The Golden Rule, Part IV   Leave a comment

Above:  The Parable of the Good Samaritan

Image in the Public Domain

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FOR THE EIGHTH SUNDAY AFTER EPIPHANY, ACCORDING TO A LECTIONARY FOR PUBLIC WORSHIP IN THE BOOK OF WORSHIP FOR CHURCH AND HOME (1965)

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Lord, you have taught us that all our doings without unconditional, sacrificial love are worth nothing.

Send your Holy Spirit, and pour into our hearts that most excellent gift of love,

the very bond of peace and of all virtues, without whosoever lives is counted dead before you.

Grant this for the sake of your only Son Jesus Christ.  Amen.

–Modernized from The Book of Worship for Church and Home (1965), page 86

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Leviticus 19:1-2, 15-18

Psalm 47

Ephesians 4:17-32

Luke 10:25-37

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God is the King, Psalm 47 reminds us.  Furthermore, the text states, all nations should acknowledge this reality.  Not only is this true, but so are the following statements:

  1. We depend on God for everything.
  2. We depend on each other.
  3. We are responsible for each other.
  4. We are responsible to each other.
  5. We are interdependent and dependent, not independent.
  6. We have no moral right to exploit one another.
  7. How we treat each other matters.
  8. Piety (or at least the appearance thereof) does not justify not helping each other.

Those statements, taken together, summarize the readings from Leviticus 19, Ephesians 4, and Luke 10 well.  To that list of statements I add another:  The identity of those who help us might prove so surprising as to be scandalous to many.

I notice the selective reading from Leviticus 19.  I have no desire to insult the deaf or to place a stumbling block before the blind, for example, so verse 14 does not disturb me.  Many other omitted verses also prompt me to respond with, “Of course that is a fine law.”  Some of them are timeless principles, but others are culturally specific examples of such principles.  The particulars of verses 9 and 10 might not apply at all times and in all places, but the commandment to provide for the poor remains.  I note, however, that verses 20-22 allow for slavery.  Furthermore, the wardrobe prohibition in verse 19 applies neither to priestly vestments (see Exodus 28:6 and 39:29) nor forbids mandatory fringes on Israelite clothing (see Numbers 15:37-40).  The wording of certain passages of the Law of Moses, taken out of context, makes those passages seem more cut-and-dried than they really are.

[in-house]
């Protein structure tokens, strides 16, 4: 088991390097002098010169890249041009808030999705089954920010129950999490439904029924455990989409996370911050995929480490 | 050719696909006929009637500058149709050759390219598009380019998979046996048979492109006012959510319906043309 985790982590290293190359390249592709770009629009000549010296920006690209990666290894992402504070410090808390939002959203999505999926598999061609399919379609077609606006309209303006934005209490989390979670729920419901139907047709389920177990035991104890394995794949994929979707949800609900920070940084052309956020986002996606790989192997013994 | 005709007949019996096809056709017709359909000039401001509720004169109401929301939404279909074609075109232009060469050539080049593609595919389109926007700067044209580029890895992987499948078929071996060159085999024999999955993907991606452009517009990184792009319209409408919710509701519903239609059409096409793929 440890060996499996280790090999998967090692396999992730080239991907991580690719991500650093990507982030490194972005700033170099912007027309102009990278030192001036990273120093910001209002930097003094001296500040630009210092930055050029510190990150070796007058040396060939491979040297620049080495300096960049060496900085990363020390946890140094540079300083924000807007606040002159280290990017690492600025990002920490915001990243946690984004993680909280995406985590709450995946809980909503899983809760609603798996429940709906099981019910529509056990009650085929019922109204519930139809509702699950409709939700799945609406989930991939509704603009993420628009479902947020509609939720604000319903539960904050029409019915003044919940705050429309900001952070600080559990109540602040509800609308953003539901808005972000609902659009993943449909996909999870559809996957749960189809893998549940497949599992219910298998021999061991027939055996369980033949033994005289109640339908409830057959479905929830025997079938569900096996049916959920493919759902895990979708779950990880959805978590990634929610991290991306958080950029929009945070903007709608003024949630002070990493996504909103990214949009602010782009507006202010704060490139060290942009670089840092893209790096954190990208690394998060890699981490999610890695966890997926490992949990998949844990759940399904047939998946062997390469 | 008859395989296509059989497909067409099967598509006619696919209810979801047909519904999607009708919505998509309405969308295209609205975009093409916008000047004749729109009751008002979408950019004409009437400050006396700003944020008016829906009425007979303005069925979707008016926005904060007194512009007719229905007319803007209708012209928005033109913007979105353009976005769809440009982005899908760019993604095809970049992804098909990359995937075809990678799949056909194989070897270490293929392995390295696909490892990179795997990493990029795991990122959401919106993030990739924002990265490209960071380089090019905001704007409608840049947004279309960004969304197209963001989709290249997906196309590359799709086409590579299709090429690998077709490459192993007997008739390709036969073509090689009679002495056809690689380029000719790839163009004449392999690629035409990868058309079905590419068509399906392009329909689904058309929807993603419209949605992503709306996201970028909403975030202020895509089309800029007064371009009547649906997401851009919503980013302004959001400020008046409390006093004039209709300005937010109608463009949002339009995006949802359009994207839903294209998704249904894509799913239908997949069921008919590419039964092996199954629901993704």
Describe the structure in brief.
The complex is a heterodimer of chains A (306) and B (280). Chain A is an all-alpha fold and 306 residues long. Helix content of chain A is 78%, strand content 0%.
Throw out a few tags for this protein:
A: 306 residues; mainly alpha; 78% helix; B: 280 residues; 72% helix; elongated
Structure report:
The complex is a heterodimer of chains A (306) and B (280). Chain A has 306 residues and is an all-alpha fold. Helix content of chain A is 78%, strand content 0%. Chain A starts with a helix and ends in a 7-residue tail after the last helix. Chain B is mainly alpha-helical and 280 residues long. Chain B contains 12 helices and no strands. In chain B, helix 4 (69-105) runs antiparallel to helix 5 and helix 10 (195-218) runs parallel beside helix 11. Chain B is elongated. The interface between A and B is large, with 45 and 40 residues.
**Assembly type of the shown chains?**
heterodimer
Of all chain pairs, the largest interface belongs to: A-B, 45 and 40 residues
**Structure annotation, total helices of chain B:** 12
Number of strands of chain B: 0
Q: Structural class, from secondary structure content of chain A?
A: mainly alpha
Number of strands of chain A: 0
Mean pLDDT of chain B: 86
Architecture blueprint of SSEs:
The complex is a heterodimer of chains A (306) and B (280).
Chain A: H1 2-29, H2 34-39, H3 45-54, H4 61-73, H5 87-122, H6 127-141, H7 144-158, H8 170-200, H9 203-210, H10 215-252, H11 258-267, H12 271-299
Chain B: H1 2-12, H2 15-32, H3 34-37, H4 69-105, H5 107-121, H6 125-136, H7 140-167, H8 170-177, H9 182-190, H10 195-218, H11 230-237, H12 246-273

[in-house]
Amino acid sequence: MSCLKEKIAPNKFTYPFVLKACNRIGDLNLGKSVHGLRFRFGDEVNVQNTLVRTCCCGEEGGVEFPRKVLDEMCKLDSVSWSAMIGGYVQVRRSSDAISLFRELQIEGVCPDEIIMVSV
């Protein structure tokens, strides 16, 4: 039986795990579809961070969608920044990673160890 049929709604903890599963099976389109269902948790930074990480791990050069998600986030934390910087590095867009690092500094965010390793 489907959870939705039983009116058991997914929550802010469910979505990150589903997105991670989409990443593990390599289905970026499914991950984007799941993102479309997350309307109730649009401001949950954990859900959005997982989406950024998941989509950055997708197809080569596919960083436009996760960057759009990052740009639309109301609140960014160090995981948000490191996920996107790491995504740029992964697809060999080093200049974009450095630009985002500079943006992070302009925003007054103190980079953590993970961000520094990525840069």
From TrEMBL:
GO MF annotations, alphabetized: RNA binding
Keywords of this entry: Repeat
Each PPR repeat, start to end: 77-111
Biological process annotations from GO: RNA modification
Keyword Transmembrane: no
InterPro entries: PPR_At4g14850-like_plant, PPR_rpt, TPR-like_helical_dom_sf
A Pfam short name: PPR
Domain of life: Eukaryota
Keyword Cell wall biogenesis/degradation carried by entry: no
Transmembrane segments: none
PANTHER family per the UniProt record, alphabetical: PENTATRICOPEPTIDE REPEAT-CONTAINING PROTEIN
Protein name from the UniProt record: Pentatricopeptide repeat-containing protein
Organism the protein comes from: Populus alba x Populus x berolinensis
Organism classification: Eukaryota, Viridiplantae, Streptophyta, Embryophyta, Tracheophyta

Biblical interpretation is a frequently complicated and subtle enterprise.  So as to avoid becoming lost in the proverbial forest and slipping into legalism, I side with the tradition of Rabbi Hillel:

That which is deplorable to you, do not do to your fellow; this is the whole Torah, and the rest is commentary; go and learn it.

We read in Matthew 5:17-20 that Jesus came to fulfill, not to abolish, the law.  The critique of scribes and Pharisees in the Gospel of Matthew is that they do not keep the law properly.  We also read the following in Matthew 7:12:

In everything do to others as you would have them do to you; for this is the law and the prophets.

The New Revised Standard Version (1989)

That is the Golden Rule.  It means no slavery, does it not?

KENNETH RANDOLPH TAYLOR

SEPTEMBER 4, 2017 COMMON ERA

LABOR DAY (U.S.A.)

THE FEAST OF PAUL JONES, EPISCOPAL BISHOP OF UTAH AND PEACE ACTIVIST; AND HIS COLLEAGUE, JOHN NEVIN SAYRE, EPISCOPAL PRIEST AND PEACE ACTIVIST

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